“This is just like getting the study guide for a test,” he said. “As a teacher, you want to get information for the kids so the feel prepared. Now, they got to go out and be able to ace the test in the classroom or ace the test on the court by putting what you’ve given them into action, but that’s my whole goal is to give the best study guide that I possibly can for our team.”

Some things have changed through his years of doing this. Rohrer does not go live scouting without watching film first, unless it’s at the beginning of the year. He used to pick up more on player tendencies when live scouting, but Rohrer learned to focus on those tendencies more when watching film.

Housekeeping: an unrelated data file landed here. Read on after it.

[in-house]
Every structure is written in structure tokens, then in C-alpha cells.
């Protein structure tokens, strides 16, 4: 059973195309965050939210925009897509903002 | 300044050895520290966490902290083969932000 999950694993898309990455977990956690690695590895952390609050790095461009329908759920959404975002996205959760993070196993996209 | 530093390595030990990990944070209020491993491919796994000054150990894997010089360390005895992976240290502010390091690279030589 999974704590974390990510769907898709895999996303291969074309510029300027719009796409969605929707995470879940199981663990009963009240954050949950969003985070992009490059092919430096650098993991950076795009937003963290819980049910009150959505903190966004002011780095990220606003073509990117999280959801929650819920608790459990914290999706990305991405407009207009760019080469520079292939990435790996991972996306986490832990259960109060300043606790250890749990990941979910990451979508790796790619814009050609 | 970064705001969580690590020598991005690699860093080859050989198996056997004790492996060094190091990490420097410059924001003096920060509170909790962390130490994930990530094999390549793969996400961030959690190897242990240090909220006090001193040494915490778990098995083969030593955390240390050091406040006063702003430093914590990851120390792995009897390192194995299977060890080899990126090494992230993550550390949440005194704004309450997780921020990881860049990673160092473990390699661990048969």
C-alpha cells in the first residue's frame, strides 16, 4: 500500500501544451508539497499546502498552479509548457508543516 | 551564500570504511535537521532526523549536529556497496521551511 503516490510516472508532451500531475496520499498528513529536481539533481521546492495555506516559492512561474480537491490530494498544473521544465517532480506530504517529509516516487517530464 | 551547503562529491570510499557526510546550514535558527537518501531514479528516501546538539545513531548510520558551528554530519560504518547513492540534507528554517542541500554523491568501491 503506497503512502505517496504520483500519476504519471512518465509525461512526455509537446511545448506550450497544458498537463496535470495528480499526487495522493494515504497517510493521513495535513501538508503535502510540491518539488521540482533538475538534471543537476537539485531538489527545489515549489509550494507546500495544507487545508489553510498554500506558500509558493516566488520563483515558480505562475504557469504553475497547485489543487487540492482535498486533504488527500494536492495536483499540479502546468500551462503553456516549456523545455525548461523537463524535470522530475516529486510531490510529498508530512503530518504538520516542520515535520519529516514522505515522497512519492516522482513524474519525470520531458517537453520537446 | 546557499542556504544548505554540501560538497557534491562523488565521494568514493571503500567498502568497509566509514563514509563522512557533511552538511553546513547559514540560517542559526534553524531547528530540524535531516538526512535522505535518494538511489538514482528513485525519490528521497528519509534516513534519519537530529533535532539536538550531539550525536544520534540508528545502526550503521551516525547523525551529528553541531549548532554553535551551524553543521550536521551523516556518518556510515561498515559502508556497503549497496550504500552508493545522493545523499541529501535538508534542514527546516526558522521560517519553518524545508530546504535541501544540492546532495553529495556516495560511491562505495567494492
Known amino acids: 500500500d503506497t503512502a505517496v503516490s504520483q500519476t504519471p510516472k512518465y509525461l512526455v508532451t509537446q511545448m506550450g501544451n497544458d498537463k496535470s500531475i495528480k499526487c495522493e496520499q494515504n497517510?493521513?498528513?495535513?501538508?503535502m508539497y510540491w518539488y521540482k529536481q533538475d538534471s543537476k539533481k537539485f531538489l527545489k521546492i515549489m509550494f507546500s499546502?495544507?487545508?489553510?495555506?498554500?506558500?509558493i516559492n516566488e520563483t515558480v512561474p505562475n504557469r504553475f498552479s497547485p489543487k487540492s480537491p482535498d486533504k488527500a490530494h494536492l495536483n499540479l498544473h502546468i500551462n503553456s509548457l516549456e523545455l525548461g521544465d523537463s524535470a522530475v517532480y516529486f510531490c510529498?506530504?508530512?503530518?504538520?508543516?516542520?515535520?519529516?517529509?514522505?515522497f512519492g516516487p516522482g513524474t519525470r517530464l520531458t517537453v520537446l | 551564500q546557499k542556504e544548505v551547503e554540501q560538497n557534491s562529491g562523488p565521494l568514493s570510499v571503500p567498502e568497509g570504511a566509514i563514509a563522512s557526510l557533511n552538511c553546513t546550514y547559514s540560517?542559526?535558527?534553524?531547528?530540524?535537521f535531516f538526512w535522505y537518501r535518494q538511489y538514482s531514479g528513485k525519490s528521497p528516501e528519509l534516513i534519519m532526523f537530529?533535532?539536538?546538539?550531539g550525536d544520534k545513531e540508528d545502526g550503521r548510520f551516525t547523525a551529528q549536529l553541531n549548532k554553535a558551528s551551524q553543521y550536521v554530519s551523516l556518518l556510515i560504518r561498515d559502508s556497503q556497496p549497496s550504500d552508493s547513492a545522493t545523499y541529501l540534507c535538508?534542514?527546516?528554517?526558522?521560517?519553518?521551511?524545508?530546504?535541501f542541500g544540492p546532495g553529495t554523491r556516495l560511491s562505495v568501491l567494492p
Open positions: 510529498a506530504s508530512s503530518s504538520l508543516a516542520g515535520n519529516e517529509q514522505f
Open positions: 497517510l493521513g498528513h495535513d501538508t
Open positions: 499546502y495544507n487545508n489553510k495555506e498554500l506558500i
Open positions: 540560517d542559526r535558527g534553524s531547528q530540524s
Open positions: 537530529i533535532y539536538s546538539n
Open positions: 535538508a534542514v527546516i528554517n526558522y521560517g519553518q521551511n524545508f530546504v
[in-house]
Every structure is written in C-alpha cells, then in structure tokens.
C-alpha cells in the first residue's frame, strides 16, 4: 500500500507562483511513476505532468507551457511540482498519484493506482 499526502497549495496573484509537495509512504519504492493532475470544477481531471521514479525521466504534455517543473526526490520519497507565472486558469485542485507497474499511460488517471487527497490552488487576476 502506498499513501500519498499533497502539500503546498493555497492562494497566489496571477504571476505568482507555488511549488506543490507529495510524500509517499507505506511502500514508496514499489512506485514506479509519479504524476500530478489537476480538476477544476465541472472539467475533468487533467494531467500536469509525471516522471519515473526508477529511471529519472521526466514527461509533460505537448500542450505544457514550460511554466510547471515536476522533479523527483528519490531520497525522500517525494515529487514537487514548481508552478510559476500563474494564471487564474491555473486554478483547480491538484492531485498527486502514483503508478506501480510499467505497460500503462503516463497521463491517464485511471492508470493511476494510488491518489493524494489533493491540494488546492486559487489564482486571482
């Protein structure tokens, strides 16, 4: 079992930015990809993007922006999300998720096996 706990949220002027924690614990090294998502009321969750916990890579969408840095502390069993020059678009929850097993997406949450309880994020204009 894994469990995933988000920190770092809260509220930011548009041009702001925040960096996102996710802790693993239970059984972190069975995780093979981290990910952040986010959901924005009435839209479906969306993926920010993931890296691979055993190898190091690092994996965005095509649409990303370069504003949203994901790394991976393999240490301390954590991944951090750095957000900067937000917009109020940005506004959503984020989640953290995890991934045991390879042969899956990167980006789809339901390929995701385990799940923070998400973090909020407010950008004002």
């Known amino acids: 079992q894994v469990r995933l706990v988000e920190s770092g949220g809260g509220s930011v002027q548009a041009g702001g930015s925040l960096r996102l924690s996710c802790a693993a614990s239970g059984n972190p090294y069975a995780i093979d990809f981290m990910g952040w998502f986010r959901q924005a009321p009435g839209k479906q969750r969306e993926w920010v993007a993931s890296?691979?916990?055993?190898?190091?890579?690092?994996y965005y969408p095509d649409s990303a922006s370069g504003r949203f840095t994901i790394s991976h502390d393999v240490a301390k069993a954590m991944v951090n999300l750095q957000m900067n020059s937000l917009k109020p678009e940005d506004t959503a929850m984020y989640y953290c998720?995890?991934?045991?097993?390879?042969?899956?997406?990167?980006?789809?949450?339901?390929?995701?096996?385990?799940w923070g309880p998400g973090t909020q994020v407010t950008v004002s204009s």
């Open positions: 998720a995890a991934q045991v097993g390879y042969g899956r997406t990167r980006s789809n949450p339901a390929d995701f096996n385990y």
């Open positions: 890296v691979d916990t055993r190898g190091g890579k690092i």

Rohrer has gotten to reap the rewards twice, having won two straight sectional championships at South Knox in 2017 and 2018. Rohrer asks himself if he could have done anything different in his sectional prep, and most of the time, there isn’t. When his film watching is done, and by the time the week of sectional rolls around, it’ll be a more relaxing week for him, and he’ll feel that he’ll have done everything he could to get his team prepared. He’ll be able to spend more time with his sons that week, contrasting with not being able to go home to Washington on Tuesday.

“I know that, if I want to truly be able to look myself in the mirror and say, ‘I gave everything I had to get prepped for sectional teams,’ then that’s just one of those sacrifices you've got to make,” he said.